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Revista Española de Enfermedades Digestivas

Print version ISSN 1130-0108


PONTE, Ana et al. Initial experience with fecal microbiota transplantation in Clostridium difficile infection: transplant protocol and preliminary results. Rev. esp. enferm. dig. [online]. 2015, vol.107, n.7, pp.402-407. ISSN 1130-0108.

Background and aims: Clostridium difficile infection (CDI) constitutes an important cause of antibiotic-associated diarrhea. Recurrence after first-line treatment with antibiotics is high and fecal microbiota transplantation (FMT) may be effective for refractory and recurrent CDI. This series aims to describe the efficacy of FMT in the treatment of refractory and recurrent CDI. Methods: A prospectively recorded single-centre case series of patients with persistent or recurrent CDI treated with FMT between June 2014 and March 2015 was analyzed. Primary and secondary outcomes were defined as resolution of diarrhea without recurrence of CDI within 2 months after one or more FMT, respectively. A descriptive analysis was performed. Results: 8 FMT were performed in 6 patients, 3 with refractory CDI and 3 with recurrent CDI. The median age of recipients was 71 years and 66.7% were women. One FMT was delivered through colonoscopy and the remaining 87.5% through esophagogastroduodenoscopy. One upper FMT was excluded due to recurrence of CDI after antibiotic exposure for a respiratory infection. The overall cure rate of FMT was total with lower route and 83.3% with upper route. Primary cure rate was achieved in 83.3% of patients and secondary cure rate was achieved in all patients. Median time to resolution of diarrhea after FMT was 1 day and no complications were reported during follow-up. Conclusion: FMT appears to constitute a safe and effective approach in the management of refractory and recurrent CDI. Difference between primary and secondary cure rates may result of insufficient restoration of intestinal microbiota with a single FMT.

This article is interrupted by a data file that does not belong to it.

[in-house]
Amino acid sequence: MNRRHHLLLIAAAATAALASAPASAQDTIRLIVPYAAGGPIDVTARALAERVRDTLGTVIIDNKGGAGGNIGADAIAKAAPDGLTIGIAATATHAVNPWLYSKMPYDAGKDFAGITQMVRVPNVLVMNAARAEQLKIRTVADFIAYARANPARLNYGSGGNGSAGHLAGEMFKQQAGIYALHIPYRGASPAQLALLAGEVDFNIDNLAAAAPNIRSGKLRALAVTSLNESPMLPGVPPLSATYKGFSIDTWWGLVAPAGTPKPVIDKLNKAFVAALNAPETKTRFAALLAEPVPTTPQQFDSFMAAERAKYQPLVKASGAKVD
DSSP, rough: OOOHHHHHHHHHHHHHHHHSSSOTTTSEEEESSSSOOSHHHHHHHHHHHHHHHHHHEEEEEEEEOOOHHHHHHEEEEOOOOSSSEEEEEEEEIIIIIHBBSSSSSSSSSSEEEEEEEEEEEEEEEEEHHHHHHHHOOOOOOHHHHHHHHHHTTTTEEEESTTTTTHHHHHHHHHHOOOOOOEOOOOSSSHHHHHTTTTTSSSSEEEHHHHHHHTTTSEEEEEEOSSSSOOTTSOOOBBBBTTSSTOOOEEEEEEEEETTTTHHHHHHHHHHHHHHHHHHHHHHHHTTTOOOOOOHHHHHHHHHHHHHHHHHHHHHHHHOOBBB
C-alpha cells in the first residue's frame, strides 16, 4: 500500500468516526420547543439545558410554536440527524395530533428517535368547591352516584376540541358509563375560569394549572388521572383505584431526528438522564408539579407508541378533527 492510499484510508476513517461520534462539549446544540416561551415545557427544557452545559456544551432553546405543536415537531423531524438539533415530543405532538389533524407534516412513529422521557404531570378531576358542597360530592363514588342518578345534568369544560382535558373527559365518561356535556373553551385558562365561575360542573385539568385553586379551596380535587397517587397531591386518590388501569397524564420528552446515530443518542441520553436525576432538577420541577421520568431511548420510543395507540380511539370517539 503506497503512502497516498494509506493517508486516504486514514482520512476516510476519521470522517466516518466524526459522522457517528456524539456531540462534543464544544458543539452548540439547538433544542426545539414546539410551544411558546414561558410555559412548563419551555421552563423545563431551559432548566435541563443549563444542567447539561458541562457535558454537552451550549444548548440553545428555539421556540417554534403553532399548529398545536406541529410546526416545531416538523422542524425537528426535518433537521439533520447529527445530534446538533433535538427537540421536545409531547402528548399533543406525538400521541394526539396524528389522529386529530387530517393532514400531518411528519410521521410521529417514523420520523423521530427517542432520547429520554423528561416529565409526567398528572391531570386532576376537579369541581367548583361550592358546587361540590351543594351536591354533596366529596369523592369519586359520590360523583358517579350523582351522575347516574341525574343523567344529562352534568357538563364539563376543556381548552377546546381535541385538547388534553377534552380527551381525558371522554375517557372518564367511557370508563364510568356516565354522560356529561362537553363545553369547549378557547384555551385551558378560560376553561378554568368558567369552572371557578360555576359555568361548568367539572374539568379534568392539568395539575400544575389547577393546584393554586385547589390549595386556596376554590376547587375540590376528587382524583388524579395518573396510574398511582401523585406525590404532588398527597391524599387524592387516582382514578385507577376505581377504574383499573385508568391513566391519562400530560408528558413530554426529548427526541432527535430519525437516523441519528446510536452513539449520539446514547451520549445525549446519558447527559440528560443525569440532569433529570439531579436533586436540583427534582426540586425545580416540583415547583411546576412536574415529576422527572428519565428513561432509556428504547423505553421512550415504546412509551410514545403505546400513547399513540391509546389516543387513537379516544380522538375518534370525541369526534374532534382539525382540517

Keywords : Clostridium difficile infection; Fecal microbiota transplantation; Gut microbiota.

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